Applying SAMR model to design a blended learning activity

In topic 4, we were introduced to three pedagogical frameworks to design blended learning. These include the Gilly’s Five Stage model, Communities of Inquiry and Constructive Alignment. Now that we are reaching almost the end of the course, I realized that as a learner, all these frameworks were embedded into the tasks that we are doing in the ONL171 course, particularly the Gilly’s SALMON Five Stage model. In addition to these three frameworks, I thought of sharing with you the SAMR model and suggest how it can be adopted to discuss a scenario and carry out a presentation for a small group.

To explain briefly, SAMR stands for Substitution-Augmentation-Modification-Redefinition model. This technological framework was designed by Dr. Ruben Puentedura to help educators integrate technology into teaching and learning. The model aims to enable educators to design, develop, and integrate digital learning experiences that utilize technology to transform learning experiences that lead to high levels of achievement for learners and meet learning outcomes.

The 4 Levels of SAMR Technology Integration:

The_SAMR_Model

By Lefflerd (Own work) [CC BY-SA 4.0 (http://creativecommons.org/licenses/by-sa/4.0)%5D, via Wikimedia Commons

 

Below is a basic example of how the SAMR model can be adopted to discuss a scenario and carry out a presentation for a small group:

Level Description Example
Substitution Technology acts a direct tool substitute, with no functional change. The idea of this activity is to brainstorm ideas on how to solve the scenario provided for each topic in the ONL course. This process, when done with a direct technology substitute with no functional improvement, could be addressed by having basic synchronous text chat for discussion.
Augmentation Technology acts a direct tool substitute, with functional change. The exchanging of ideas could be augmented by having a video chat like Zoom/Adobe Connect/Skype/Google Hangouts instead of just a text chat. The delivery of message is more effective and efficient as participants can see each other’s facial expressions and unspoken cues. The facilitator or the people leading the group can give immediate feedback  if there are clarifications needed or if the group is going off the topic.
Modification Technology allows for significant task redesign. To allow for significant task redesign, participants can work collaboratively on a shared document/presentation in Google Drive while still discussing the scenario in the video chat simultaneously. While this is possible to send this through email, it will rather be difficult to keep track of the revisions each time somebody updates the document.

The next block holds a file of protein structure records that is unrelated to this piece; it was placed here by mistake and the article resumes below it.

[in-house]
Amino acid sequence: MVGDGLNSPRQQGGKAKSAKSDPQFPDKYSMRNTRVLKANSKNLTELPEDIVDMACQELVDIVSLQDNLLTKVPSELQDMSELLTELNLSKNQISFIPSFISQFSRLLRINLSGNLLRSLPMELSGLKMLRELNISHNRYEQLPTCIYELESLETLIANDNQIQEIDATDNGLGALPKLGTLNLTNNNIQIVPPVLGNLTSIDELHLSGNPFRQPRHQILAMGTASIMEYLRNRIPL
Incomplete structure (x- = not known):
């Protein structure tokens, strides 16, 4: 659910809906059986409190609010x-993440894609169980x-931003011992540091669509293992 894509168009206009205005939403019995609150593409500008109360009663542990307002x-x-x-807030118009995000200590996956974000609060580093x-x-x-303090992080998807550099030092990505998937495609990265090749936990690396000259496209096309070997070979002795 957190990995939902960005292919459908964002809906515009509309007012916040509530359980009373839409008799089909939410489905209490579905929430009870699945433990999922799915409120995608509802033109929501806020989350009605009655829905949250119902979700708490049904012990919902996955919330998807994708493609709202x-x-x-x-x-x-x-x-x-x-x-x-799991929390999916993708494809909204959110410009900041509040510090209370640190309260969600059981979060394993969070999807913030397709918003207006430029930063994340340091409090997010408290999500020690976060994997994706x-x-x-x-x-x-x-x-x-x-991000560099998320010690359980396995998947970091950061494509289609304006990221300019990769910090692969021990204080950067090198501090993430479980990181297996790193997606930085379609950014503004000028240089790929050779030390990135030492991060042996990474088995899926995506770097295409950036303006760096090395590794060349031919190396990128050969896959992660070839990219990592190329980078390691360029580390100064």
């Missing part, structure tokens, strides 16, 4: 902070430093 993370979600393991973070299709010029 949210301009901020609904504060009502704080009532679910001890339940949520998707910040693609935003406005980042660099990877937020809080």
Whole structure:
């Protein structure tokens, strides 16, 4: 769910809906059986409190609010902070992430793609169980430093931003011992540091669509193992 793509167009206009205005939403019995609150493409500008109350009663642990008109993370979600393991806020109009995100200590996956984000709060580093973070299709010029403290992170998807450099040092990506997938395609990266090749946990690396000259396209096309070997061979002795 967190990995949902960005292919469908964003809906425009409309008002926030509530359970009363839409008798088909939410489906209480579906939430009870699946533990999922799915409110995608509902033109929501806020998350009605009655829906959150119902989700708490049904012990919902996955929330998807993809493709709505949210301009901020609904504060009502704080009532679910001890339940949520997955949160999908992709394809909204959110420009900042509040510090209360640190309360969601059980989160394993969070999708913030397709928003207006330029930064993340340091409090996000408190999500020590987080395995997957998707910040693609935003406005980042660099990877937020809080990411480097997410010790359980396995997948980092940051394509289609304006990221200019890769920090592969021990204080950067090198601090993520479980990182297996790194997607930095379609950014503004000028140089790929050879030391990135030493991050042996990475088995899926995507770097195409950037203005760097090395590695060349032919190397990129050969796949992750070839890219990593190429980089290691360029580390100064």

Redefinition Technology allows for the creation of new tasks that was previously inconceivable. Participants share their group presentation into the Google + to gather feedback from the community. This creates an opportunity to learn from one another, get another person’s different point of view and build personal network learning.

As for individual reflections, each member can record 2-3 learning points for each topic in Flipgrid (https://flipgrid.com/). As Flipgrid has limit response time, participants need to exercise critical thinking and be concise with their sharing.

 
Other examples of using SAMR:

 

Each user may have different interpretation and different ways of adopting this framework. More importantly, we need to reflect on our teaching practices – what we do, why we do it, and how it helps students’ learning. By thinking about the different levels, we can focus on designing a digital learning experiences that will help improve student learning outcomes.

 

References:

Salmon, G (2013) The Five Stage Model.
http://www.gillysalmon.com/five-stage-model.html

Vaughan, N. D., Cleveland-Innes, M., & Garrison, D. R. (2013). Teaching in blended learning environments: Creating and sustaining communities of inquiry. Edmonton: AU Press. Chapter 1 “Conceptual framework”.
http://www.aupress.ca/books/120229/ebook/01_Vaughan_et_al_2013-Teaching_in_Blended_Learning_Environments.pdf

John Biggs. Constructive Alignment.
http://www.johnbiggs.com.au/academic/constructive-alignment/

Ruben R. Puentedura (2010). SAMR and TPCK: Intro to Advanced Practice.
http://hippasus.com/resources/sweden2010/SAMR_TPCK_IntroToAdvancedPractice.pdf

Ruben R. Puentedura (2013). The SAMR Model: Six Exemplars.
http://krisking.net/wp-content/uploads/2013/06/SAMR_SixExemplars.pdf

Introduction to the SAMR model video
https://www.commonsensemedia.org/videos/introduction-to-the-samr-model

Putting Activities Through the SAMR Exercise
http://langwitches.org/blog/2014/01/30/putting-activities-through-the-samr-exercise/

10 ways to reach SAMR’s redefinition level
http://ditchthattextbook.com/2014/04/03/10-ways-to-reach-samrs-redefinition-level/

Flipgrid
https://flipgrid.com

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